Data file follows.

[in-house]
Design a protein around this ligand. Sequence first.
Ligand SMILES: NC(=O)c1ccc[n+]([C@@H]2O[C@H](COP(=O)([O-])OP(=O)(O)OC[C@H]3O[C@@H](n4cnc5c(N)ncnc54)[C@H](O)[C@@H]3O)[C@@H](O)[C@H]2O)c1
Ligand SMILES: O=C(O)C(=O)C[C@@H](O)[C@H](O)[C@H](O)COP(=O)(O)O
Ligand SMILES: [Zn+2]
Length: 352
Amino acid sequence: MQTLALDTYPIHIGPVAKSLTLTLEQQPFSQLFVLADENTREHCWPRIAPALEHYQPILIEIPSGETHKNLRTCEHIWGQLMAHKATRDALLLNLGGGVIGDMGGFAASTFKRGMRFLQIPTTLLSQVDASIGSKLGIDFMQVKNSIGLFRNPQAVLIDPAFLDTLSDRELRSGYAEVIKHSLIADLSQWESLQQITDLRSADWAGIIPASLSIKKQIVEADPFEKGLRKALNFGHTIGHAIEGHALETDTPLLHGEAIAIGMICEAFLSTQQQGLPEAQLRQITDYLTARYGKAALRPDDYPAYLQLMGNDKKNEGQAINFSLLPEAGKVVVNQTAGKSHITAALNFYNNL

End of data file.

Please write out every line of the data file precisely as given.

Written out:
[in-house]
Design a protein around this ligand. Sequence first.
Ligand SMILES: NC(=O)c1ccc[n+]([C@@H]2O[C@H](COP(=O)([O-])OP(=O)(O)OC[C@H]3O[C@@H](n4cnc5c(N)ncnc54)[C@H](O)[C@@H]3O)[C@@H](O)[C@H]2O)c1
Ligand SMILES: O=C(O)C(=O)C[C@@H](O)[C@H](O)[C@H](O)COP(=O)(O)O
Ligand SMILES: [Zn+2]
Length: 352
Amino acid sequence: MQTLALDTYPIHIGPVAKSLTLTLEQQPFSQLFVLADENTREHCWPRIAPALEHYQPILIEIPSGETHKNLRTCEHIWGQLMAHKATRDALLLNLGGGVIGDMGGFAASTFKRGMRFLQIPTTLLSQVDASIGSKLGIDFMQVKNSIGLFRNPQAVLIDPAFLDTLSDRELRSGYAEVIKHSLIADLSQWESLQQITDLRSADWAGIIPASLSIKKQIVEADPFEKGLRKALNFGHTIGHAIEGHALETDTPLLHGEAIAIGMICEAFLSTQQQGLPEAQLRQITDYLTARYGKAALRPDDYPAYLQLMGNDKKNEGQAINFSLLPEAGKVVVNQTAGKSHITAALNFYNNL